Larry Wilkerson joins Paul Jay as they discuss the special meeting of the Security Council that took place on January 26, where many small countries stood up against American pressure and refused to recognize Juan Guaido as president of Venezuela, and defended the UN principle of non-interference

Story Transcript

PAUL JAY: Welcome to The Real News Network. I’m Paul Jay.

On Saturday morning there was a somewhat extraordinary meeting of the UN Security Council. It was an open meeting. Countries were invited to come give their opinion and response to the push by the United States, led by President Donald Trump, to recognize Juan Guaido. This is the man who is the president of the National Assembly in Venezuela who declared himself president. Apparently, as the Wall Street Journal is now reporting, that Vice President Mike Pence phoned Guaido the night before he made such a declaration. And either he suggested he make the declaration–that’s not clear–but at least what is clear, according to the report, Pence says that if he’d made such a declaration he would get U.S. support. And in fact, the United States supported Guaido’s declaration almost immediately after he made it.

Well, there’s been a very interesting split in the world that was–this was reflected at those meetings Saturday morning, where many countries refused to go along with this plan, saying that the UN Charter says there should be non-interference in the internal affairs of UN member countries, and that that should be respected. The United States says they don’t like the way the elections were held, and a bunch of countries have aligned themselves with the United States on this, on their position of recognizing Guaido and calling, essentially, what many people are calling a coup that Guaido should take power. And they are openly trying to foment support within the Venezuelan military, ‘they’ being the United States, to engineer such a coup.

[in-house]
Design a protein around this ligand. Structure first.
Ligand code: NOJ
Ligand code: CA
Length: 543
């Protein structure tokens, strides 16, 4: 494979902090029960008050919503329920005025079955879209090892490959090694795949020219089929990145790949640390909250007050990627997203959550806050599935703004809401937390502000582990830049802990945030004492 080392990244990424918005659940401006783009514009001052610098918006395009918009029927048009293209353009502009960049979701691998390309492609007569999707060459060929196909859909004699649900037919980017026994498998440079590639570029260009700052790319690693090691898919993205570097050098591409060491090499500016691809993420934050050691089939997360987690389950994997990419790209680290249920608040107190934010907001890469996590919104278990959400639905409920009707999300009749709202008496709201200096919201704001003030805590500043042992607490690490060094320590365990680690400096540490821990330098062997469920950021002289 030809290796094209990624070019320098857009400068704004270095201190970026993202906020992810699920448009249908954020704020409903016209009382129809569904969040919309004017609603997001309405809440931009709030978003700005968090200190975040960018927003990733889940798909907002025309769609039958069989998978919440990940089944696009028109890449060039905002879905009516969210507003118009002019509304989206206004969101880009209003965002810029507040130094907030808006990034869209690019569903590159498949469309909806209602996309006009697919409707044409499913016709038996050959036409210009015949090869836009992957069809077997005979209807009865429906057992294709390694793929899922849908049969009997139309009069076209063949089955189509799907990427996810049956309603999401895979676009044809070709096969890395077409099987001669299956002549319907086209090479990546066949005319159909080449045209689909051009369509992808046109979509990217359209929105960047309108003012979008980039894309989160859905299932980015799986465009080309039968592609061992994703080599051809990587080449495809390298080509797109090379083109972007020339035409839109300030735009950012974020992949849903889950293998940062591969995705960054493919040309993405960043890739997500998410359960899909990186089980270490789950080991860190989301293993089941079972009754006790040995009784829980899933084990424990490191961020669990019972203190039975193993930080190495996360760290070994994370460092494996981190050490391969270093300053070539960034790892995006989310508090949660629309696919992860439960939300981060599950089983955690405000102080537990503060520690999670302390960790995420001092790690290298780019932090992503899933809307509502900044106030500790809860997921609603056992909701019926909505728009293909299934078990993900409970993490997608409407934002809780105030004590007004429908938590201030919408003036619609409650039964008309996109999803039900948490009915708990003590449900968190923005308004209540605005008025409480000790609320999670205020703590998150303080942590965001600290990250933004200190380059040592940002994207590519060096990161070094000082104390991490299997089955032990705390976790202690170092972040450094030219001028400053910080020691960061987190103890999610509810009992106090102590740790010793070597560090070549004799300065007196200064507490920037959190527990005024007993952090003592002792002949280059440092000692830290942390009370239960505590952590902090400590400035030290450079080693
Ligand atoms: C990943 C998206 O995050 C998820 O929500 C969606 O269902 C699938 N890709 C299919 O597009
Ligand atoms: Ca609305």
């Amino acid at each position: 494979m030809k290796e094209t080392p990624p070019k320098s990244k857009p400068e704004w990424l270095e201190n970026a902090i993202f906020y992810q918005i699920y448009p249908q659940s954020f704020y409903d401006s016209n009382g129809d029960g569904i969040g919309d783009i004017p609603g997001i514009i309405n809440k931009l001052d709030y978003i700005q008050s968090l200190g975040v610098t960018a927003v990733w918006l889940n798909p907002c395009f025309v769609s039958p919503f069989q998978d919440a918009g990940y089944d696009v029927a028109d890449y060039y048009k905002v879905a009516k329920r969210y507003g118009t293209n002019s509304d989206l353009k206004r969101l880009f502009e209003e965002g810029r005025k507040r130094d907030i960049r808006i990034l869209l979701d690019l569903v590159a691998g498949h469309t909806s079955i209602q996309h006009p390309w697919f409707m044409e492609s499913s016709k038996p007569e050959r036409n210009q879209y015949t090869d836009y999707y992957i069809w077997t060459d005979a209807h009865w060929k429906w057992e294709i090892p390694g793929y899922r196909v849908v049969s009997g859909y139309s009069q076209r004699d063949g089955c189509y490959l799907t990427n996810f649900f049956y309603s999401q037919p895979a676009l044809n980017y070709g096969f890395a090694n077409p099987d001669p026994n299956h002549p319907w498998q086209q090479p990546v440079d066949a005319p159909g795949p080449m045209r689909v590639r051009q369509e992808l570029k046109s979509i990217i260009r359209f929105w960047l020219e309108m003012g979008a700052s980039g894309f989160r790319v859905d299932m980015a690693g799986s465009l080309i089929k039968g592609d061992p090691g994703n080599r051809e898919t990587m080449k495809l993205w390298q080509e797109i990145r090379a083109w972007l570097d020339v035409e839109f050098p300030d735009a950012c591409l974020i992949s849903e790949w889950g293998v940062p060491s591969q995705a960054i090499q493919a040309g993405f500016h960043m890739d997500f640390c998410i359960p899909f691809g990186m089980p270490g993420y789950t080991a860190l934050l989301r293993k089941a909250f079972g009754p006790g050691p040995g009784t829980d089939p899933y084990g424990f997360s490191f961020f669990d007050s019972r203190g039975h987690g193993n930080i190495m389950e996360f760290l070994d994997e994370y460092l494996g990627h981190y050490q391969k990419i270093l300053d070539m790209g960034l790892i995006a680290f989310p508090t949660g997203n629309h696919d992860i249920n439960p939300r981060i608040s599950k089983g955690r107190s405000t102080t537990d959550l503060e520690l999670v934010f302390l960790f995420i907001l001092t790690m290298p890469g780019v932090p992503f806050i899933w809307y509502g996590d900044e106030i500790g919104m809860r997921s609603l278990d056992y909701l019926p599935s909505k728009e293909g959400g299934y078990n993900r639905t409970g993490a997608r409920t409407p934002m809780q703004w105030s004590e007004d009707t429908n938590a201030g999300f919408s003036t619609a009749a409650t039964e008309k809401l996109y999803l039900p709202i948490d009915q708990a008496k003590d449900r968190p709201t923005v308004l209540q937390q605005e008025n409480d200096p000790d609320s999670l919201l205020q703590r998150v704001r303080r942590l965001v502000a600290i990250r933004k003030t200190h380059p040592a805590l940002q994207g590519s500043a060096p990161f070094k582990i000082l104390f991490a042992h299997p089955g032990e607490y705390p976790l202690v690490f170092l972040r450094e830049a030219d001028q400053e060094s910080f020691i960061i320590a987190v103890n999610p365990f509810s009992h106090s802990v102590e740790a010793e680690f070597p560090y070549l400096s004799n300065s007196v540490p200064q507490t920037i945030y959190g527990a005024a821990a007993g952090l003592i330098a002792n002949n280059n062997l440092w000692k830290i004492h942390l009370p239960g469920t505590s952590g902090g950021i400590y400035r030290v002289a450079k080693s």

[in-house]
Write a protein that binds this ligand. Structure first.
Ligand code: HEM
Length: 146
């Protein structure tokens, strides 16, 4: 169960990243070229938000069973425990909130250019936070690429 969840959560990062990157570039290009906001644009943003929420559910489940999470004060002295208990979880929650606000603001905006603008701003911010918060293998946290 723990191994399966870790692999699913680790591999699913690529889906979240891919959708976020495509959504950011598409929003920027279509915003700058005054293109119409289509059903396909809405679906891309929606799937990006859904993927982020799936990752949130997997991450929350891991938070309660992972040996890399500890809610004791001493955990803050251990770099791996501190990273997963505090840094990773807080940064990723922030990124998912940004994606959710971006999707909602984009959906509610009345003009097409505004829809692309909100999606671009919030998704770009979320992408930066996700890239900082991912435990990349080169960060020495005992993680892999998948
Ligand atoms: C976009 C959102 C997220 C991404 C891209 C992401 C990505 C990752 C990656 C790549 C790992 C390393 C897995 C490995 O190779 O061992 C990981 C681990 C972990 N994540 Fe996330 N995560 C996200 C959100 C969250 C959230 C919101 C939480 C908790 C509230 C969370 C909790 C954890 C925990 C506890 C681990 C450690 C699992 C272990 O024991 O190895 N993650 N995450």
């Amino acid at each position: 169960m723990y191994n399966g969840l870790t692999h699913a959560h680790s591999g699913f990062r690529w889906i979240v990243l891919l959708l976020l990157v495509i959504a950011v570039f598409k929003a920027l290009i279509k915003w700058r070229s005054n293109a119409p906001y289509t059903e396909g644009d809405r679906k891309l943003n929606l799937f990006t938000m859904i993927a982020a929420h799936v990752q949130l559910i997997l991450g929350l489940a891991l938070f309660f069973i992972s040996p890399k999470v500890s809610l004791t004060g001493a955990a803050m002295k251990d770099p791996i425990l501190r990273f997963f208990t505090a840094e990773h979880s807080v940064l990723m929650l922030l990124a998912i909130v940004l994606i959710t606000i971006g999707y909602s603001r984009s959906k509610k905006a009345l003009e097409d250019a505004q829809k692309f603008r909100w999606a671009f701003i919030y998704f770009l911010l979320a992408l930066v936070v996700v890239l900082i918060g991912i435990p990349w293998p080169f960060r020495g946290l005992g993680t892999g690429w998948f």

At any rate, here’s a little sample of what took place at the UN on Saturday morning.

SPEAKER: Now we have a new leader, Juan Guaido, in Venezuela, who has promised to bring elections and constitutional order back to Venezuela, and security back to the region.

SPEAKER: This is not about foreign intervention in Venezuela. It is not an attempt to impose a result on the Venezuelan people. Democracy never needs to be imposed. It is tyranny that has to be imposed.

SPEAKER: But what about if we look at the international law, the Charter? Where is this based on? Are we simply setting aside international relations based on international law, and replacing the with international relations based on force?

AMBASSADOR FROM CHINA: China supports the efforts made by the Venezuelan government to uphold national sovereignty, independence, and stability.

SPEAKER: The meeting which we are being forced to be present is another element of the strategy of the United States to effect regime change in Venezuela. We regret that in this unethical ploy, in its unethical ploys, the United States is involving the Security Council.